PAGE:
Start with a blue, long-sleeved bodysuit. You’ll need to create shells for the bodice. I freehand drew a shell shape on the back of some sequined canvas squares and cut them out.

For the rest of this, you’ll want your child to wear the leotard so you can place everything appropriately. Place the shell cutouts where you’d like them to go and safety pin them in place.

Also use safety pins to mark any other specific locations for embellishments. For example, I put safety pins just above where the waistband of the skirt would sit so I wouldn’t put any rhinestones too low. Rhinestones under an elastic waistband would get uncomfortable very quickly.

Have your child take off the leotard and hot glue the shell shapes in place. I also decided to glue some silver trim to the top edge of the shells because I liked it better than the scalloped edge I’d cut.

Finally, embellish the rest of the leotard however you’d like. I put sequined trim around the collar (only in front, so the back of the leotard would still stretch), as well as rhinestones on the bodice under the shells in arcs toward the waistband. I laid out the rhinestones before actually gluing them on, which is why the final layout differs from what’s shown below. I changed my mind about the vertical line of rhinestones down the middle that’s shown below and forgot to take a picture of the final layout. You can see it on the finished costume though.

You could attach real shells to the costume or add glitter, etc. This is your opportunity to get really creative.

Making the crown

I started with this pattern from Genevieve Gail. Print two copies of the pattern onto cardstock and cut it out. We’re simply using it as a shape reference. Trace the pattern on the back of your sequined canvas (or any other material you’d like to use to cover the crown). Cut out the shape and hot glue the canvas to the cardstock.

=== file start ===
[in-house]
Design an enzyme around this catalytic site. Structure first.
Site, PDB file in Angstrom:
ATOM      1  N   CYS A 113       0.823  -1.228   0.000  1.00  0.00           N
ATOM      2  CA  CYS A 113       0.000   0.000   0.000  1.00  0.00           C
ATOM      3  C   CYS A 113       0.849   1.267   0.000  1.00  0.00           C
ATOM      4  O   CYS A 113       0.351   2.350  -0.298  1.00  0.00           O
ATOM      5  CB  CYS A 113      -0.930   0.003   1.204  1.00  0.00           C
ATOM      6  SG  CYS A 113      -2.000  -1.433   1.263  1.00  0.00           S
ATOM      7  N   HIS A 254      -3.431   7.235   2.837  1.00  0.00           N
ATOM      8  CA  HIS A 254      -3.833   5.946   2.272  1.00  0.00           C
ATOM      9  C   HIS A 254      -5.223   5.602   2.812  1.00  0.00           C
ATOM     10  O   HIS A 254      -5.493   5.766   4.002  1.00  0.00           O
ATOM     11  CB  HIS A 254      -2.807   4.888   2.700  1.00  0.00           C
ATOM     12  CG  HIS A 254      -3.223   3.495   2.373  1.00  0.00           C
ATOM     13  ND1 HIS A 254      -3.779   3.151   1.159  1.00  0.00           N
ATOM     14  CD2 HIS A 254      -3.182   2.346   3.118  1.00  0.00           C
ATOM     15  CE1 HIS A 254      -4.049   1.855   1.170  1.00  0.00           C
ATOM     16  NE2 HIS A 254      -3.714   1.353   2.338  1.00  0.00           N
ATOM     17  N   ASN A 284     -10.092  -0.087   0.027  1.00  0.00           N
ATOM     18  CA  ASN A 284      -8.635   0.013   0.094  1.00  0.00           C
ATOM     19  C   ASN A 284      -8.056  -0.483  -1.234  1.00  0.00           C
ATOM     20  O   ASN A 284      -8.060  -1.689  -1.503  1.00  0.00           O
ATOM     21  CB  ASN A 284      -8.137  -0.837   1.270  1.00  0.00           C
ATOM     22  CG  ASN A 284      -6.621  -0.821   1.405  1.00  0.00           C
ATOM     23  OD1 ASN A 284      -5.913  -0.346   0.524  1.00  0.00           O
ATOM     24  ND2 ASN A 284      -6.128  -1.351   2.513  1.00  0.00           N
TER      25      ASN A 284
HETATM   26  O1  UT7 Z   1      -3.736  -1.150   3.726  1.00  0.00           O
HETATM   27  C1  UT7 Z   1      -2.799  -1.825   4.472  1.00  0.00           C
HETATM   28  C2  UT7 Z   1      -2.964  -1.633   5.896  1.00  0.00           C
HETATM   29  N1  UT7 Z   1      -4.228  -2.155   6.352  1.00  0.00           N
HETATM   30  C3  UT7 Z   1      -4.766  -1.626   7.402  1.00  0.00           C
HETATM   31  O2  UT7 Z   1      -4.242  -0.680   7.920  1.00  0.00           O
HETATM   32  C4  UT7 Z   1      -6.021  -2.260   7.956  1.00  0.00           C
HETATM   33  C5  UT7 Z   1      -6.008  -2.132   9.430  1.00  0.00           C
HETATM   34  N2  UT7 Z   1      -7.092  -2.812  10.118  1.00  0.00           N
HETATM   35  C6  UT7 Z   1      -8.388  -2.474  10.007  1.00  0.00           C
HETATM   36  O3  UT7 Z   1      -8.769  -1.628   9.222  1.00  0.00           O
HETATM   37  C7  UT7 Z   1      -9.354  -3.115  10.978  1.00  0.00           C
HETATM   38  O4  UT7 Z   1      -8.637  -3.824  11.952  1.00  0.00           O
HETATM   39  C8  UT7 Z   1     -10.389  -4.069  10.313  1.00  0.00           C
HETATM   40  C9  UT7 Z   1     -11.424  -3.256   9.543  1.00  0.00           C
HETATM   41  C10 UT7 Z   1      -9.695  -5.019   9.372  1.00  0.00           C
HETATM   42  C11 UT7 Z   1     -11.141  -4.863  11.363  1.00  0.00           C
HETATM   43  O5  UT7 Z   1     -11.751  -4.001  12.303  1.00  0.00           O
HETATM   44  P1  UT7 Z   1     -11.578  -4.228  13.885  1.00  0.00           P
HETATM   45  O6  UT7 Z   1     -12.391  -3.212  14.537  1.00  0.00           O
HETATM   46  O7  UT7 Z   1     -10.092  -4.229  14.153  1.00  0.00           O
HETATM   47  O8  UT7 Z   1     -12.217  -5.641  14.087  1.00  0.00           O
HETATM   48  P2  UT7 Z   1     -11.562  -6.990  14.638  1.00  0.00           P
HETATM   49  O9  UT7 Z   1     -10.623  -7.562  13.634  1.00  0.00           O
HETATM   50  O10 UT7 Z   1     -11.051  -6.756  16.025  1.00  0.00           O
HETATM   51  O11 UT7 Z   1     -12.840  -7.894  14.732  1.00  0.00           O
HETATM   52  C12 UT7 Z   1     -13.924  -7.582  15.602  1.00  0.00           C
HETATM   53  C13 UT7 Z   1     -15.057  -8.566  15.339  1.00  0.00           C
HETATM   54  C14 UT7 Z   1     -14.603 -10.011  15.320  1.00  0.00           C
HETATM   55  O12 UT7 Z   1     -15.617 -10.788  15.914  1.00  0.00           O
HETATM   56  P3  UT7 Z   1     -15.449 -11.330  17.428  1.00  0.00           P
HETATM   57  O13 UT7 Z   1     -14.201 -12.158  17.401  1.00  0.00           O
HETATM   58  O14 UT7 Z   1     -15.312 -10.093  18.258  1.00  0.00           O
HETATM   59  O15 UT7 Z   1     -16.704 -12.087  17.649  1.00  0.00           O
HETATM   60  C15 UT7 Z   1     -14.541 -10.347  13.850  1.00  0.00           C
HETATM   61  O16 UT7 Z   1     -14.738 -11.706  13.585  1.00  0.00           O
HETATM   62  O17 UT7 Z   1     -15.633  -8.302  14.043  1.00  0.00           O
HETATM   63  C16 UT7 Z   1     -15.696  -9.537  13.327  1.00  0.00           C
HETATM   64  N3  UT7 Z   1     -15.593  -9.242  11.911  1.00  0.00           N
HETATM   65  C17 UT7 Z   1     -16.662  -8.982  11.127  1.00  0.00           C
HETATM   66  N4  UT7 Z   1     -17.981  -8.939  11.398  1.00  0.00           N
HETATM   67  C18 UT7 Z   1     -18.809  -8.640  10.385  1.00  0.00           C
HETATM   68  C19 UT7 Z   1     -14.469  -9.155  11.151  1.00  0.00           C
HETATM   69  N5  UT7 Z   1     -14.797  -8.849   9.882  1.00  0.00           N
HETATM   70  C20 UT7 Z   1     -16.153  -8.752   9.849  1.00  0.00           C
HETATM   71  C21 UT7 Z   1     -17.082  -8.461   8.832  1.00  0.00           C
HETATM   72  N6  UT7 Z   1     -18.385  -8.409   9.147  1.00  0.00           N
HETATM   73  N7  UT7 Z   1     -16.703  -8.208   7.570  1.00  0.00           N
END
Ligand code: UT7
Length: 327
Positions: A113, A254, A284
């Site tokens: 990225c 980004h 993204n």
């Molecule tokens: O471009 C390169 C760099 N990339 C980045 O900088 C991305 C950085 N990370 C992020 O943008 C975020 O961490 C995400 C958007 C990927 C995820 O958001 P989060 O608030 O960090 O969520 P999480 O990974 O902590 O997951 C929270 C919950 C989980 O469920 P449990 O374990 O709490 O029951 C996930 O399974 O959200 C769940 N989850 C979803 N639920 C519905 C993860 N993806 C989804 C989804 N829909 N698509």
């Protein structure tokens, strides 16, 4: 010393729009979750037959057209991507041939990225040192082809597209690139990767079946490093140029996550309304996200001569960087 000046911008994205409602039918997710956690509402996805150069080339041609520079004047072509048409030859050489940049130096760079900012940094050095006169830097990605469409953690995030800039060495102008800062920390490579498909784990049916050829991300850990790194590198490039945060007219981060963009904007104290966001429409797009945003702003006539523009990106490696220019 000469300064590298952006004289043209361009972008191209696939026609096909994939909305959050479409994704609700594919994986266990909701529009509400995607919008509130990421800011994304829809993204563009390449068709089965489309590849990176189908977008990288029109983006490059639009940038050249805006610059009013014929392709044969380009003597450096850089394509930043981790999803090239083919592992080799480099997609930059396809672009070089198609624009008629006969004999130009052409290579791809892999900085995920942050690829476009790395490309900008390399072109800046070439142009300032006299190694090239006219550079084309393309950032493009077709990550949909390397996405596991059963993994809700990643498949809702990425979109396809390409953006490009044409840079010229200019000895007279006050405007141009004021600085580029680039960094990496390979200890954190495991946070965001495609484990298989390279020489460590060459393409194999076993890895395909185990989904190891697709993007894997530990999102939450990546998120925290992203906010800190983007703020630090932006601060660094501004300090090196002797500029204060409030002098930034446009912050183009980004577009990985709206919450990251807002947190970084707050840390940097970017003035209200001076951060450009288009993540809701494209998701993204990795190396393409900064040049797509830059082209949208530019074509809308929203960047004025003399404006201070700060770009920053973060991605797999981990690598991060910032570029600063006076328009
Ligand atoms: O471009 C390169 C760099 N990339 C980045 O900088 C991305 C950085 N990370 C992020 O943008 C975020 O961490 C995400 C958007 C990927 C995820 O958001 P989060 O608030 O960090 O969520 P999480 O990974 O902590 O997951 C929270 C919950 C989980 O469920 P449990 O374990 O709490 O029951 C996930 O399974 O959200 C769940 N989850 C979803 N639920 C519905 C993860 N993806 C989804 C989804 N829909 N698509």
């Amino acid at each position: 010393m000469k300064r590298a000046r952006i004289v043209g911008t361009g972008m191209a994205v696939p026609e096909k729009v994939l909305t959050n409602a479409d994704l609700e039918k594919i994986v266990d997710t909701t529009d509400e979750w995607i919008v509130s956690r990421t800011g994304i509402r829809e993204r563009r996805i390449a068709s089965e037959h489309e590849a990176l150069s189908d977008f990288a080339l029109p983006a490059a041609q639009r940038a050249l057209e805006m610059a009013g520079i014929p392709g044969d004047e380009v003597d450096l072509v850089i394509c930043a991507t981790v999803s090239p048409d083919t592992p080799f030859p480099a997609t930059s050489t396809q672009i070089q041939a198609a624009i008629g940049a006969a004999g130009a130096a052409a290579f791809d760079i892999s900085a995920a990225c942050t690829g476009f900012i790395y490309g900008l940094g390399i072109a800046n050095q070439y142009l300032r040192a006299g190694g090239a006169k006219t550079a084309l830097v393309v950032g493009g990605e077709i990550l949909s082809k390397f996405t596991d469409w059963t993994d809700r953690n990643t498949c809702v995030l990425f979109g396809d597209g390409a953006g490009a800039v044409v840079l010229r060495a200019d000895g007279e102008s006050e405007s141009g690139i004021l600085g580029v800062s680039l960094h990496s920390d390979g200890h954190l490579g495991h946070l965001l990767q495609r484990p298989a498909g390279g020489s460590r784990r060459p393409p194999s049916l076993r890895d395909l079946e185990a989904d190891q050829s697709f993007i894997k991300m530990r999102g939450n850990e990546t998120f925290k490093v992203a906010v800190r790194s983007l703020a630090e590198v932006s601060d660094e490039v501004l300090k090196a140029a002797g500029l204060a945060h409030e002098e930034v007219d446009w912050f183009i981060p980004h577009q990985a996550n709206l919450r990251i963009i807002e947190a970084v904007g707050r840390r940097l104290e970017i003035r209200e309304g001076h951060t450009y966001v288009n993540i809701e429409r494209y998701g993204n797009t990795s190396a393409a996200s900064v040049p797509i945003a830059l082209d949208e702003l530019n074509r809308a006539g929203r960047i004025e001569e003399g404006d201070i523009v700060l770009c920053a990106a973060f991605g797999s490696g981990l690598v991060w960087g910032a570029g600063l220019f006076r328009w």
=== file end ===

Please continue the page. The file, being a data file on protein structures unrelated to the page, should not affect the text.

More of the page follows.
With the second pattern, cut out just the shell shape in the center. Cut each piece of the shell separately, rather than cutting it as one whole piece. Use this template to cut shell shapes from blue felt. Line up the shapes and glue them to the center of the crown.

Embellish the rest of the crown how you see fit. I used more rhinestones and a capiz shell I had kept that had broken off a piece of decor a long time ago. Again, you can use real shells, glue on some sand, use a starfish shape: Whatever you want! The more embellishments you layer on top of each other, the more elaborate the crown will appear.

Cut two pieces of ribbon about 14-20″ long. Cut slits at the two ends of the crown shape or use a powerful hole punch. Pass a piece of ribbon through the slit/hole and tie it off. You’ll use this ribbon to tie the crown around your child’s head.